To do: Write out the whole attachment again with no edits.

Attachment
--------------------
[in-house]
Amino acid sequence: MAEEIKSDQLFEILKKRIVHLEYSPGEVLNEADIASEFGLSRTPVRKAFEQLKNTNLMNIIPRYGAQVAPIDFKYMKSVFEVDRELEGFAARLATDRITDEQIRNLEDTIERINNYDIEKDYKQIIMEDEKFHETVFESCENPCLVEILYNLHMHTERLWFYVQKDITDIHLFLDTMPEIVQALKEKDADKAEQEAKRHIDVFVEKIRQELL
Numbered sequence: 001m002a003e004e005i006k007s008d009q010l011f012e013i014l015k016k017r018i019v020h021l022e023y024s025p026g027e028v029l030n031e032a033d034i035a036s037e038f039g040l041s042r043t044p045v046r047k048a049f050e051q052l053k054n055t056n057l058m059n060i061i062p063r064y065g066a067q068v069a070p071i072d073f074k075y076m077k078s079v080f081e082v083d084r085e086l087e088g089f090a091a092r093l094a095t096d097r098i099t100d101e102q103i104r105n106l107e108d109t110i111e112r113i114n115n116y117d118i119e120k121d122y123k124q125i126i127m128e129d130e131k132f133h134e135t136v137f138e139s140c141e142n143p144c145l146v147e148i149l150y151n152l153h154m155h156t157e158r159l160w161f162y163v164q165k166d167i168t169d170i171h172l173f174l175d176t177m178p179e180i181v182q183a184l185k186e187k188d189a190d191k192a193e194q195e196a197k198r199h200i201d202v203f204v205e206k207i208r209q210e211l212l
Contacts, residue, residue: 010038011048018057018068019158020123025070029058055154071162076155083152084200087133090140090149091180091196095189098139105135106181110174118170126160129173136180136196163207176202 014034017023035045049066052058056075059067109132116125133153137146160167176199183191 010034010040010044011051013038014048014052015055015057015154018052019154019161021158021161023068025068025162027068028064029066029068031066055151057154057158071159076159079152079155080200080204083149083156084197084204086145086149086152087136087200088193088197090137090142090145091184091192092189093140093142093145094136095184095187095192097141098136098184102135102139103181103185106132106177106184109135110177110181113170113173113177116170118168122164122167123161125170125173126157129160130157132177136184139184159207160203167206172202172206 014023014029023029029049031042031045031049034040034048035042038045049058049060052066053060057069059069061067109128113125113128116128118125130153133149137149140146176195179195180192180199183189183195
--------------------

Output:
[in-house]
Amino acid sequence: MAEEIKSDQLFEILKKRIVHLEYSPGEVLNEADIASEFGLSRTPVRKAFEQLKNTNLMNIIPRYGAQVAPIDFKYMKSVFEVDRELEGFAARLATDRITDEQIRNLEDTIERINNYDIEKDYKQIIMEDEKFHETVFESCENPCLVEILYNLHMHTERLWFYVQKDITDIHLFLDTMPEIVQALKEKDADKAEQEAKRHIDVFVEKIRQELL
Numbered sequence: 001m002a003e004e005i006k007s008d009q010l011f012e013i014l015k016k017r018i019v020h021l022e023y024s025p026g027e028v029l030n031e032a033d034i035a036s037e038f039g040l041s042r043t044p045v046r047k048a049f050e051q052l053k054n055t056n057l058m059n060i061i062p063r064y065g066a067q068v069a070p071i072d073f074k075y076m077k078s079v080f081e082v083d084r085e086l087e088g089f090a091a092r093l094a095t096d097r098i099t100d101e102q103i104r105n106l107e108d109t110i111e112r113i114n115n116y117d118i119e120k121d122y123k124q125i126i127m128e129d130e131k132f133h134e135t136v137f138e139s140c141e142n143p144c145l146v147e148i149l150y151n152l153h154m155h156t157e158r159l160w161f162y163v164q165k166d167i168t169d170i171h172l173f174l175d176t177m178p179e180i181v182q183a184l185k186e187k188d189a190d191k192a193e194q195e196a197k198r199h200i201d202v203f204v205e206k207i208r209q210e211l212l
Contacts, residue, residue: 010038011048018057018068019158020123025070029058055154071162076155083152084200087133090140090149091180091196095189098139105135106181110174118170126160129173136180136196163207176202 014034017023035045049066052058056075059067109132116125133153137146160167176199183191 010034010040010044011051013038014048014052015055015057015154018052019154019161021158021161023068025068025162027068028064029066029068031066055151057154057158071159076159079152079155080200080204083149083156084197084204086145086149086152087136087200088193088197090137090142090145091184091192092189093140093142093145094136095184095187095192097141098136098184102135102139103181103185106132106177106184109135110177110181113170113173113177116170118168122164122167123161125170125173126157129160130157132177136184139184159207160203167206172202172206 014023014029023029029049031042031045031049034040034048035042038045049058049060052066053060057069059069061067109128113125113128116128118125130153133149137149140146176195179195180192180199183189183195